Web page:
Frank Piasecki Poulsen’s documentary Blood in the Mobile is an unflinching exposé of how some of the world’s biggest phone companies – in particular Nokia - are financing civil war in the Democratic Republic of Congo by buying conflict minerals used in mobile phones. IdeasMag talked to him about the ethics and practical difficulties of making a film in the Congo, and his advice to other documentarians…
Why did you choose Nokia as the target of your documentary?
I chose them because I am a customer of theirs, and they told me they are a socially conscious and responsible company, when quite clearly they are not.
Your film asks some very big ethical questions. What ethical questions did you have to face as a filmmaker during the shoot in the Congo?
The problem with the film is it’s reproducing the prejudices toward Africa, as a Heart of Darkness place. Every time you reproduce that story, it doesn’t make people want to invest in Africa.
How about when you came to edit the film? What questions did you ask yourself in terms of narrative and structure?
The first time I went to the Congo, I was looking for a hero character who was fighting [for] his local community [to] benefit from the resources in this mine, and who wanted to stop the warlords from skimming off the cream.
But I realised after the first trip I wanted to make a film about our part in the Congo. I wanted to connect all the dots between our lifestyles in the west and the lives of the people working in a mineral mine in the Congo.
Did you have to pay anyone off in the Congo in order to get the film made?
I’m very reluctant to hand out bribes. I really think bribery and corruption is making the immune system of society shut down.
The Congo was very difficult. The first time I took out the camera I didn’t even get out of the car before I was arrested; the authorities were always arresting me for unlawful filming and then spending an age going through my papers, just waiting for me to put $20 on the table, and I don’t do that.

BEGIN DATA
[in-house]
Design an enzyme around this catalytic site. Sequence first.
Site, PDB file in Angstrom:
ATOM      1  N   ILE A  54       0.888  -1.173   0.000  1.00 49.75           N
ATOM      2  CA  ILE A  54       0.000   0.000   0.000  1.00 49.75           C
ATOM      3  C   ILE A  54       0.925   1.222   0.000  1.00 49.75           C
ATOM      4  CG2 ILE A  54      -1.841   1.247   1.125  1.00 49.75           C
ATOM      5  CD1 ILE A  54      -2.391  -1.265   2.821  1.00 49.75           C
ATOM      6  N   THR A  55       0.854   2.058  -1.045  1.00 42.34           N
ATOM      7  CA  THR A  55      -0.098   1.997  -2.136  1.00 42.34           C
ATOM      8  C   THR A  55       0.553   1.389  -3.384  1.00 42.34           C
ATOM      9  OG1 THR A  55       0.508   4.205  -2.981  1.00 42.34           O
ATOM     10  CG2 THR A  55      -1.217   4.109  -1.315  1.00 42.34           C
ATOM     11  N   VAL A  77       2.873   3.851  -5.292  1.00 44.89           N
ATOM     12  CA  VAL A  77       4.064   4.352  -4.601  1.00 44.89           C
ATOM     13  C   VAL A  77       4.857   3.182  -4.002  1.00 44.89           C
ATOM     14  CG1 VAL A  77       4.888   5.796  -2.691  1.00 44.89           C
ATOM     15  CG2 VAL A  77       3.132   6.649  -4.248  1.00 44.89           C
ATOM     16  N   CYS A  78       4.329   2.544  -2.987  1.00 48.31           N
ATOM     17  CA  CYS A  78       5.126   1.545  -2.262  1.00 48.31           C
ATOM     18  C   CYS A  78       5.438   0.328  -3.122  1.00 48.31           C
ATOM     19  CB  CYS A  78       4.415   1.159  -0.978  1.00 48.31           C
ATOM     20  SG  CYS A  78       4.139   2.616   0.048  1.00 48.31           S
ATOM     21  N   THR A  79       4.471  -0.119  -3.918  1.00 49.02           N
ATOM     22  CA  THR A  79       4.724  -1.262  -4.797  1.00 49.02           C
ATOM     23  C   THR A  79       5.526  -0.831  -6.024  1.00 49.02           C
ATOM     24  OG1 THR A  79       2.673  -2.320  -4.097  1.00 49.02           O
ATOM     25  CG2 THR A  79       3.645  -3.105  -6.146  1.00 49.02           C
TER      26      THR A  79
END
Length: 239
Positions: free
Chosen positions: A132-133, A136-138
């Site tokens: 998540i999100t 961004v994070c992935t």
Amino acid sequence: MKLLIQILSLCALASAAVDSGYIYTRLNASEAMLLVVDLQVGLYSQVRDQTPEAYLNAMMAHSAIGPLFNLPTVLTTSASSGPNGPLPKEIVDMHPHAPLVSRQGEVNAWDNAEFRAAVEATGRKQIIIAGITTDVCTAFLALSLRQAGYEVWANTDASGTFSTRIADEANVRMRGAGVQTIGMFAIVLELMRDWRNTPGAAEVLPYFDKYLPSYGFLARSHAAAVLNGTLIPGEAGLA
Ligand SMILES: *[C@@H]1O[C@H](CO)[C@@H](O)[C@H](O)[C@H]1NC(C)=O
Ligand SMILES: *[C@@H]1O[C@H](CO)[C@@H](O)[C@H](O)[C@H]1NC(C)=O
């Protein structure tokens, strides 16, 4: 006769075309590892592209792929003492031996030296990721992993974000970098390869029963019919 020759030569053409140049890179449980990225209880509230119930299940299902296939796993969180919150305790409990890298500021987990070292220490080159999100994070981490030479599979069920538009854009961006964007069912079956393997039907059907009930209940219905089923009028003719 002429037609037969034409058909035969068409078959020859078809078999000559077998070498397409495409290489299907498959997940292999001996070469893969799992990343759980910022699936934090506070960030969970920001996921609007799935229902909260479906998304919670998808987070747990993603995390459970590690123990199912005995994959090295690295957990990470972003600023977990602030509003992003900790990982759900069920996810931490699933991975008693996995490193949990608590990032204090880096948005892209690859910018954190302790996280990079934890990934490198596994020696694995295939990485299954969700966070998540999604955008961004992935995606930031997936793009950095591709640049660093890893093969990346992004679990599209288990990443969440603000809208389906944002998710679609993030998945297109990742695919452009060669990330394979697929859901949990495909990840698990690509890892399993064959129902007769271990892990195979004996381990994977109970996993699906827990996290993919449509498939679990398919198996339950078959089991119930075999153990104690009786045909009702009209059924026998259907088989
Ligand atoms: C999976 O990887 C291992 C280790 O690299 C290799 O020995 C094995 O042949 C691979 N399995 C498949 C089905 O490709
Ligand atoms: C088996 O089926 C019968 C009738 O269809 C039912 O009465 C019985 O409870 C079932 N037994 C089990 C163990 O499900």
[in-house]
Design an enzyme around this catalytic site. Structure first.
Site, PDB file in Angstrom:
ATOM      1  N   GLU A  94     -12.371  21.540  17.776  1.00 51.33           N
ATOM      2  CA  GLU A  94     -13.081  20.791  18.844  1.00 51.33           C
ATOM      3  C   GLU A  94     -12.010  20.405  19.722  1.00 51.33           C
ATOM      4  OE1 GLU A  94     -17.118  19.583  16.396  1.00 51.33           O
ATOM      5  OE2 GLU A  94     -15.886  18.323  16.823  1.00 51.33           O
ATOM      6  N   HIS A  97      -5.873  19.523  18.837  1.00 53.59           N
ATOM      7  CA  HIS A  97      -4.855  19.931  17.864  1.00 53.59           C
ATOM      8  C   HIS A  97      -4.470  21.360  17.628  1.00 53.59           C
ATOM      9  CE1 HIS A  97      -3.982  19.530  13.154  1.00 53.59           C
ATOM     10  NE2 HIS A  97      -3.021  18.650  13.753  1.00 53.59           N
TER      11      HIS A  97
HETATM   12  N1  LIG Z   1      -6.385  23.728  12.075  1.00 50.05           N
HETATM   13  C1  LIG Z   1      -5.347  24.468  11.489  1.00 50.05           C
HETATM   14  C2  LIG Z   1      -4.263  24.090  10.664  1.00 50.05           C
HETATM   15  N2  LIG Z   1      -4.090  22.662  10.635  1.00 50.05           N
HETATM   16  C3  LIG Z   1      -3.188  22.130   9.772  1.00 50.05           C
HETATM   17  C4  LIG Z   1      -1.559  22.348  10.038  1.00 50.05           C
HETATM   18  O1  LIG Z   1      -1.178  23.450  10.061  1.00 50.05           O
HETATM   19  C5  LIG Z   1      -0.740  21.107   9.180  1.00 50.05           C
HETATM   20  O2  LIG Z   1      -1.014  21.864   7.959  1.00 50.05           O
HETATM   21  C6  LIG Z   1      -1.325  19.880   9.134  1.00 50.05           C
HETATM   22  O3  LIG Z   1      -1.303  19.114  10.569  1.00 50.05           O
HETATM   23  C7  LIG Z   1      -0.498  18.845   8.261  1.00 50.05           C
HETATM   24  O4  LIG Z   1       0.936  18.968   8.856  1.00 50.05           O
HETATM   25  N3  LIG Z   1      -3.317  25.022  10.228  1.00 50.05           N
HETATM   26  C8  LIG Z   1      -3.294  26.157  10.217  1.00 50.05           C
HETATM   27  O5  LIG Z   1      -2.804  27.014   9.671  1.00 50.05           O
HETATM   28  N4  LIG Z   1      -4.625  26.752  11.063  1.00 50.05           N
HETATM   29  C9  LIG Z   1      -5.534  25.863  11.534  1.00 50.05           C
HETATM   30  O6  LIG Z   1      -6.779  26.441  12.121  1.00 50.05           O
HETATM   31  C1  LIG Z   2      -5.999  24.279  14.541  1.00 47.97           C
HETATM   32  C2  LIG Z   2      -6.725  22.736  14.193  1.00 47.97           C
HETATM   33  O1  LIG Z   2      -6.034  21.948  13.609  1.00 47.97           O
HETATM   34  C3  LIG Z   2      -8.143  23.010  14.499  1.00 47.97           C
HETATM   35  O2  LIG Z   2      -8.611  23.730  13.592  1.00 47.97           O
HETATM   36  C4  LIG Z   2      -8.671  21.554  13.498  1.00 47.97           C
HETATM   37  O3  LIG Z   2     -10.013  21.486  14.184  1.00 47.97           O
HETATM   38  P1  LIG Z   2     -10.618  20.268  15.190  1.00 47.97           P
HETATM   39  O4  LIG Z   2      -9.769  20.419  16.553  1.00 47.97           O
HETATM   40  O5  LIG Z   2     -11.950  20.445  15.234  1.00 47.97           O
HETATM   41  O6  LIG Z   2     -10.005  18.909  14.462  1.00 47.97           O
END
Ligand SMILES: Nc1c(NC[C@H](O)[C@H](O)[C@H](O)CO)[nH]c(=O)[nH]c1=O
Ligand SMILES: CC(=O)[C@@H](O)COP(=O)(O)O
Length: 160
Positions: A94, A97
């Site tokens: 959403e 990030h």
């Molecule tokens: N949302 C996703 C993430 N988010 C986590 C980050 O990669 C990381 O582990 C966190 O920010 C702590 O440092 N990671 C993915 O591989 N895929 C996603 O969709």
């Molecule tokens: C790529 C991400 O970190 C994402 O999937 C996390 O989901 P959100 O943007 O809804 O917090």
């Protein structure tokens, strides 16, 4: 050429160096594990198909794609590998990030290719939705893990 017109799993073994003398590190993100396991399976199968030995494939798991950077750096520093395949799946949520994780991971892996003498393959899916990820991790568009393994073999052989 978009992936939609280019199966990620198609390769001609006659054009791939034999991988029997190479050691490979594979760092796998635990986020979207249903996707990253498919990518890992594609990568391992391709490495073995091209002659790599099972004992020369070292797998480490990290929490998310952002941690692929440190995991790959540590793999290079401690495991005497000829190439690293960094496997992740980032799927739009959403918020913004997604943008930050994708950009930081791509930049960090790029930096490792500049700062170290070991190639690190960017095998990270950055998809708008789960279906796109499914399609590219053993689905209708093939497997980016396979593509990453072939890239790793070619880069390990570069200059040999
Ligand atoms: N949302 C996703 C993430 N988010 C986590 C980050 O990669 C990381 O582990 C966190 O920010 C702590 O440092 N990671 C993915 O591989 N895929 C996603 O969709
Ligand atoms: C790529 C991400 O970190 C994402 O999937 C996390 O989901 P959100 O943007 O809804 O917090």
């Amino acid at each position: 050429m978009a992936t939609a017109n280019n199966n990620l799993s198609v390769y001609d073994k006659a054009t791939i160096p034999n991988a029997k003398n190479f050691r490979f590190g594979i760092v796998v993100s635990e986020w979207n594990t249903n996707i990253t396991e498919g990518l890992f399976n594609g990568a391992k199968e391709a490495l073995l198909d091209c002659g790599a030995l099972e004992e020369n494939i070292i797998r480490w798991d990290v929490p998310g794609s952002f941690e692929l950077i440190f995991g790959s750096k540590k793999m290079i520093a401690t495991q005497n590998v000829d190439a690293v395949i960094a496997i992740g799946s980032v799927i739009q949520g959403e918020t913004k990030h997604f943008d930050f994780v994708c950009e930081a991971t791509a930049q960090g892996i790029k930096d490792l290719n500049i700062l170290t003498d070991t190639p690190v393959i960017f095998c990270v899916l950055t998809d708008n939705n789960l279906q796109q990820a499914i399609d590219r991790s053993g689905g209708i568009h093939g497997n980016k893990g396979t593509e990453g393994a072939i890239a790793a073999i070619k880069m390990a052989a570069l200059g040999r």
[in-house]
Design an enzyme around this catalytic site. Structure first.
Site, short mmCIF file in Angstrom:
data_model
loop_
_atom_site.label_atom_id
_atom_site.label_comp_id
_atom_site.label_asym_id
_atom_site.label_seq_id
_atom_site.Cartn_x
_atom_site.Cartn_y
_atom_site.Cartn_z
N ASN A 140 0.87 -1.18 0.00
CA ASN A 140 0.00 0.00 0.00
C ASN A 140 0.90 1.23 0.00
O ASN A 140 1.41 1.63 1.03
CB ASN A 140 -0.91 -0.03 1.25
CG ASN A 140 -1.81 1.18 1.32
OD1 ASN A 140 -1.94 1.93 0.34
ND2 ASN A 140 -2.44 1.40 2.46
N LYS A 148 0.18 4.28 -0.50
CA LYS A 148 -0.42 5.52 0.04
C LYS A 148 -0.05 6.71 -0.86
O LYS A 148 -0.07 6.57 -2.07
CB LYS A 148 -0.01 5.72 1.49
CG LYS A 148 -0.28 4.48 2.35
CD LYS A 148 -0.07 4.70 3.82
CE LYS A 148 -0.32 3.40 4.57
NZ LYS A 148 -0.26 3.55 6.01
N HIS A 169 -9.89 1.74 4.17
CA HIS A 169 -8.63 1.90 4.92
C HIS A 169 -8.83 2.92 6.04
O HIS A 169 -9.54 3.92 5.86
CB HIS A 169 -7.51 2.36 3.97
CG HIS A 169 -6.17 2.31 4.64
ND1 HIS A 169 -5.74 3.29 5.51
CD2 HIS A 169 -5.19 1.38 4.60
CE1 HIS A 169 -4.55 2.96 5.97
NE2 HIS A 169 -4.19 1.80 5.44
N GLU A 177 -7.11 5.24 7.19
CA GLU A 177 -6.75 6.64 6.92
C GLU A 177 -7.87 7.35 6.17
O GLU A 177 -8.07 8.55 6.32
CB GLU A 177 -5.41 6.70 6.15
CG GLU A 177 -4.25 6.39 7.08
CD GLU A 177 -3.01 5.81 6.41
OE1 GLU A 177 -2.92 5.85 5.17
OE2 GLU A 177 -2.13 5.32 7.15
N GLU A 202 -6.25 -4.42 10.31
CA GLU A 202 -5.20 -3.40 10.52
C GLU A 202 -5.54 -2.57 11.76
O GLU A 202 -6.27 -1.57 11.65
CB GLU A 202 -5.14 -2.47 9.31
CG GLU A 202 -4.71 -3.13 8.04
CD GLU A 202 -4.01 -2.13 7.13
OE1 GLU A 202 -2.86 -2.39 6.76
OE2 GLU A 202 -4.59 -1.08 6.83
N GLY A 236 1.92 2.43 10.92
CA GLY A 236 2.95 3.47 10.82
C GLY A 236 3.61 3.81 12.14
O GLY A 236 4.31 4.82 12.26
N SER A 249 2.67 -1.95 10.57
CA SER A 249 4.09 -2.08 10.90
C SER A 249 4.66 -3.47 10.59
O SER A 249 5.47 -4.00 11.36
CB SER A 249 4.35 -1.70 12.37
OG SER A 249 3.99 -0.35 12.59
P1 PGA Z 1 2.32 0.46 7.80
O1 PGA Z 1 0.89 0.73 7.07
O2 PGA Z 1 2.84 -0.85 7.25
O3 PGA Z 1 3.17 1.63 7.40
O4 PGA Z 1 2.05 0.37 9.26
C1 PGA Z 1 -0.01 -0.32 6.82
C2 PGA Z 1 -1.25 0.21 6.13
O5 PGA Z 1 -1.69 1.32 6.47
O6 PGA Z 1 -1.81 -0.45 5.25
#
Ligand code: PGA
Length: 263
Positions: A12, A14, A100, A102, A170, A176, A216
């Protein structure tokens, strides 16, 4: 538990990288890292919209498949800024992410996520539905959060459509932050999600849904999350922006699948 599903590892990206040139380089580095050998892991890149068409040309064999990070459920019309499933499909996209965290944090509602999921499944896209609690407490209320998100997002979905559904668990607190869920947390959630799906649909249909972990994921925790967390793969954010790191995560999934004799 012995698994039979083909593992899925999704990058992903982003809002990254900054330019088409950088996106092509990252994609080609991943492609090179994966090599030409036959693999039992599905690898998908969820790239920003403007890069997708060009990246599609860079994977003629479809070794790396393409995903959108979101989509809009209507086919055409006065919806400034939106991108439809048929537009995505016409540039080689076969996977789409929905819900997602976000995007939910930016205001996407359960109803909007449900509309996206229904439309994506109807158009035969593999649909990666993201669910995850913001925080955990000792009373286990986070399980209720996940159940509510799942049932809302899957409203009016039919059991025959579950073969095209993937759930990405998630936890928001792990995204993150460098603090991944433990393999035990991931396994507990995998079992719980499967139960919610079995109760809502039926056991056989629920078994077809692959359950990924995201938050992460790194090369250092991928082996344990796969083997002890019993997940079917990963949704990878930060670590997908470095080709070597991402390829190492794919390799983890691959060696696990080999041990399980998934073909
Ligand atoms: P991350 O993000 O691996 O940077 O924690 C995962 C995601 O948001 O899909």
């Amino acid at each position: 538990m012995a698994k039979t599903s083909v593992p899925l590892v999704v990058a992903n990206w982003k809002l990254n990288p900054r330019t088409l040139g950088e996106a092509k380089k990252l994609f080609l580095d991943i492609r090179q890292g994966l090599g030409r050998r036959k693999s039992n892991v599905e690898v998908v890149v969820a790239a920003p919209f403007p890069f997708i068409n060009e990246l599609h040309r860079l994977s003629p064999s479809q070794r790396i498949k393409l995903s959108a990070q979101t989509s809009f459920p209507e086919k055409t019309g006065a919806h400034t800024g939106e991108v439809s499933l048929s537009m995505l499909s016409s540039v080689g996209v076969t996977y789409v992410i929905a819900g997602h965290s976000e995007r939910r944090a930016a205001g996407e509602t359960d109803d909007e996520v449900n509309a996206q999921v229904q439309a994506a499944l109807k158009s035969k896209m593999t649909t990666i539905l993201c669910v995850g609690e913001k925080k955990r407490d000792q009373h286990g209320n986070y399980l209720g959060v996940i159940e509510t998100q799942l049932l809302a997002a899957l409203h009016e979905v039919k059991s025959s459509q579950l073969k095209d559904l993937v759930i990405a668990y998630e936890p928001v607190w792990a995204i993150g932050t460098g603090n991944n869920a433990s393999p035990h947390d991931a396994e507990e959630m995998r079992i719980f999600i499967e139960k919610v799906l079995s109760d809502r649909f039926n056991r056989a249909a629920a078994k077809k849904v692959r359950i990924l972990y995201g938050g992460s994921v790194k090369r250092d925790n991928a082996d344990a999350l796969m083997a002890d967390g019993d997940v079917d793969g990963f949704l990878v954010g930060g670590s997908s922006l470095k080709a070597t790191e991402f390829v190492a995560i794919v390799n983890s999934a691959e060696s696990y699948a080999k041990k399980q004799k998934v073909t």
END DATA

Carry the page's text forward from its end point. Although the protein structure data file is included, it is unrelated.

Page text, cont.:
How did you begin as a filmmaker?
I worked 10 years for free, living off social welfare or living off my wife, and I pursued the stories that I wanted to tell, and that gave me a breakthrough. I now have more possibility to tell the stories that I want to tell in the way I want to make them because of that stubbornness. I really encourage people to hang in there and believe in those stories when no one else does.
What’s your advice to a young documentarian interested in making campaigning films?
The people with the money – they never want the films that are important. If you’re looking for them to finance your film, you have to mend and bend and you have to change your piece so much that you won’t recognise it in the end. So finance your film yourself, if you possibly can.
In Focus: Filming in the Congo mines…
In so many situations when you were with people who are angry and have automatic rifles, there’s always a way you can intervene. You can look them in the eye and tell them to relax and defuse a dangerous situation. Down there in the mine, there’s nothing you can do if something goes wrong. That was the scariest part in this film.
I was in the mining area twice, and when I took the camera down in the hole to film myself, everyone down there stopped working because they were looking at this “mzungu” [white man], so the second time I was there I brought a small camera that I could put it on the head of one of the boys, in order to get the everyday atmosphere of the place.
Blood in the Mobile is out in cinemas on October 19. For more information on the campaign, visit the website.